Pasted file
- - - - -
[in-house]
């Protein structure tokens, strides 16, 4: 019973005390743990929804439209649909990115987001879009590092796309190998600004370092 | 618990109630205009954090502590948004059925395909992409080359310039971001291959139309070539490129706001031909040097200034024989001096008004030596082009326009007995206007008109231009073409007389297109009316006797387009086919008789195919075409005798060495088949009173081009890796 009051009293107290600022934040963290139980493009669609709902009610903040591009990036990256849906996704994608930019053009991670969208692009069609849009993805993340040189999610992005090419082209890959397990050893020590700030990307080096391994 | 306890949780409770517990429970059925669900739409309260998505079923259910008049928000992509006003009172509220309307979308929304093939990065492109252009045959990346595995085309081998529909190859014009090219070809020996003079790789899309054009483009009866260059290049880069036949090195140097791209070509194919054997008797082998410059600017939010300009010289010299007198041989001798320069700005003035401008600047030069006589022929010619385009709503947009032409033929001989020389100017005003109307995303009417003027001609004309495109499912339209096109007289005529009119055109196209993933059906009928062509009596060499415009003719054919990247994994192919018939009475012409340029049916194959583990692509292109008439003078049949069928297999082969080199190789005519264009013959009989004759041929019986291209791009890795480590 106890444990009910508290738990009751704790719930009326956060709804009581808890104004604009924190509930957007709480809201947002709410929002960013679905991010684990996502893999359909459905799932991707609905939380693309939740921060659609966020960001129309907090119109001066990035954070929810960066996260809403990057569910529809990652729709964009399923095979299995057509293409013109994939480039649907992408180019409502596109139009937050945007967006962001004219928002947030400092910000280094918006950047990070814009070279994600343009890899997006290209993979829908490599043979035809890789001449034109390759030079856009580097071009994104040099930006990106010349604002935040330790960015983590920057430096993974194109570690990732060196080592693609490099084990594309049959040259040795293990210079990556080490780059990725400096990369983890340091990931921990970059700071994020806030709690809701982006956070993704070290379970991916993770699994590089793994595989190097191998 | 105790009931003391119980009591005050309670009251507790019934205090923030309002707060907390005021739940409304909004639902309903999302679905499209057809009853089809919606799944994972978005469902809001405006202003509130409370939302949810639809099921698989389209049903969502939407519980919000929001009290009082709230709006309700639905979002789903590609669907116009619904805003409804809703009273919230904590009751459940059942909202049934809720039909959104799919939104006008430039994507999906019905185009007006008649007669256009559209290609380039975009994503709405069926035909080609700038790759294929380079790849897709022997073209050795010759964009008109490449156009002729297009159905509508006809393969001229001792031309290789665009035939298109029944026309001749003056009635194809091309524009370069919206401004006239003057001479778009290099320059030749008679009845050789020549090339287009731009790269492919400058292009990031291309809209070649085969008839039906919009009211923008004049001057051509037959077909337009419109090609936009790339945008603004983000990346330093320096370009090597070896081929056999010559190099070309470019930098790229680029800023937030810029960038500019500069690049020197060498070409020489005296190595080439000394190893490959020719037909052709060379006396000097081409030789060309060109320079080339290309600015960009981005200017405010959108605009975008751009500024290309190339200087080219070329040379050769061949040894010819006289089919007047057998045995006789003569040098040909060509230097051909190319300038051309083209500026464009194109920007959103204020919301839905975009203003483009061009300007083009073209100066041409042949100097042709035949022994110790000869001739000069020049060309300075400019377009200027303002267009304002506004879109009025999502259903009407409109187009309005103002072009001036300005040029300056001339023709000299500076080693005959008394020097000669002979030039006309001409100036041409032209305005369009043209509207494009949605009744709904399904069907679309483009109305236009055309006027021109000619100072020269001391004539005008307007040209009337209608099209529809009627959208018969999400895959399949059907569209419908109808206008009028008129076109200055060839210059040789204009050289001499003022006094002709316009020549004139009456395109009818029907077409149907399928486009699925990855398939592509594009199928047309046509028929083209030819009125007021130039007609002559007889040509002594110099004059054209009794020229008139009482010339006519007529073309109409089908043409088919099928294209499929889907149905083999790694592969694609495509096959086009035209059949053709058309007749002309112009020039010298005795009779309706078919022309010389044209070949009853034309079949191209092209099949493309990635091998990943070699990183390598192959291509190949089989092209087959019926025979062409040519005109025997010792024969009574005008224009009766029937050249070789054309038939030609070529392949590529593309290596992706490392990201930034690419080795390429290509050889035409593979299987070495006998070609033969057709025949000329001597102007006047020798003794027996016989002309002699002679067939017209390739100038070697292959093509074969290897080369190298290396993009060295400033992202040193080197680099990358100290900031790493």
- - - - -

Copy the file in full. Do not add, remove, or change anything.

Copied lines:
[in-house]
């Protein structure tokens, strides 16, 4: 019973005390743990929804439209649909990115987001879009590092796309190998600004370092 | 618990109630205009954090502590948004059925395909992409080359310039971001291959139309070539490129706001031909040097200034024989001096008004030596082009326009007995206007008109231009073409007389297109009316006797387009086919008789195919075409005798060495088949009173081009890796 009051009293107290600022934040963290139980493009669609709902009610903040591009990036990256849906996704994608930019053009991670969208692009069609849009993805993340040189999610992005090419082209890959397990050893020590700030990307080096391994 | 306890949780409770517990429970059925669900739409309260998505079923259910008049928000992509006003009172509220309307979308929304093939990065492109252009045959990346595995085309081998529909190859014009090219070809020996003079790789899309054009483009009866260059290049880069036949090195140097791209070509194919054997008797082998410059600017939010300009010289010299007198041989001798320069700005003035401008600047030069006589022929010619385009709503947009032409033929001989020389100017005003109307995303009417003027001609004309495109499912339209096109007289005529009119055109196209993933059906009928062509009596060499415009003719054919990247994994192919018939009475012409340029049916194959583990692509292109008439003078049949069928297999082969080199190789005519264009013959009989004759041929019986291209791009890795480590 106890444990009910508290738990009751704790719930009326956060709804009581808890104004604009924190509930957007709480809201947002709410929002960013679905991010684990996502893999359909459905799932991707609905939380693309939740921060659609966020960001129309907090119109001066990035954070929810960066996260809403990057569910529809990652729709964009399923095979299995057509293409013109994939480039649907992408180019409502596109139009937050945007967006962001004219928002947030400092910000280094918006950047990070814009070279994600343009890899997006290209993979829908490599043979035809890789001449034109390759030079856009580097071009994104040099930006990106010349604002935040330790960015983590920057430096993974194109570690990732060196080592693609490099084990594309049959040259040795293990210079990556080490780059990725400096990369983890340091990931921990970059700071994020806030709690809701982006956070993704070290379970991916993770699994590089793994595989190097191998 | 105790009931003391119980009591005050309670009251507790019934205090923030309002707060907390005021739940409304909004639902309903999302679905499209057809009853089809919606799944994972978005469902809001405006202003509130409370939302949810639809099921698989389209049903969502939407519980919000929001009290009082709230709006309700639905979002789903590609669907116009619904805003409804809703009273919230904590009751459940059942909202049934809720039909959104799919939104006008430039994507999906019905185009007006008649007669256009559209290609380039975009994503709405069926035909080609700038790759294929380079790849897709022997073209050795010759964009008109490449156009002729297009159905509508006809393969001229001792031309290789665009035939298109029944026309001749003056009635194809091309524009370069919206401004006239003057001479778009290099320059030749008679009845050789020549090339287009731009790269492919400058292009990031291309809209070649085969008839039906919009009211923008004049001057051509037959077909337009419109090609936009790339945008603004983000990346330093320096370009090597070896081929056999010559190099070309470019930098790229680029800023937030810029960038500019500069690049020197060498070409020489005296190595080439000394190893490959020719037909052709060379006396000097081409030789060309060109320079080339290309600015960009981005200017405010959108605009975008751009500024290309190339200087080219070329040379050769061949040894010819006289089919007047057998045995006789003569040098040909060509230097051909190319300038051309083209500026464009194109920007959103204020919301839905975009203003483009061009300007083009073209100066041409042949100097042709035949022994110790000869001739000069020049060309300075400019377009200027303002267009304002506004879109009025999502259903009407409109187009309005103002072009001036300005040029300056001339023709000299500076080693005959008394020097000669002979030039006309001409100036041409032209305005369009043209509207494009949605009744709904399904069907679309483009109305236009055309006027021109000619100072020269001391004539005008307007040209009337209608099209529809009627959208018969999400895959399949059907569209419908109808206008009028008129076109200055060839210059040789204009050289001499003022006094002709316009020549004139009456395109009818029907077409149907399928486009699925990855398939592509594009199928047309046509028929083209030819009125007021130039007609002559007889040509002594110099004059054209009794020229008139009482010339006519007529073309109409089908043409088919099928294209499929889907149905083999790694592969694609495509096959086009035209059949053709058309007749002309112009020039010298005795009779309706078919022309010389044209070949009853034309079949191209092209099949493309990635091998990943070699990183390598192959291509190949089989092209087959019926025979062409040519005109025997010792024969009574005008224009009766029937050249070789054309038939030609070529392949590529593309290596992706490392990201930034690419080795390429290509050889035409593979299987070495006998070609033969057709025949000329001597102007006047020798003794027996016989002309002699002679067939017209390739100038070697292959093509074969290897080369190298290396993009060295400033992202040193080197680099990358100290900031790493």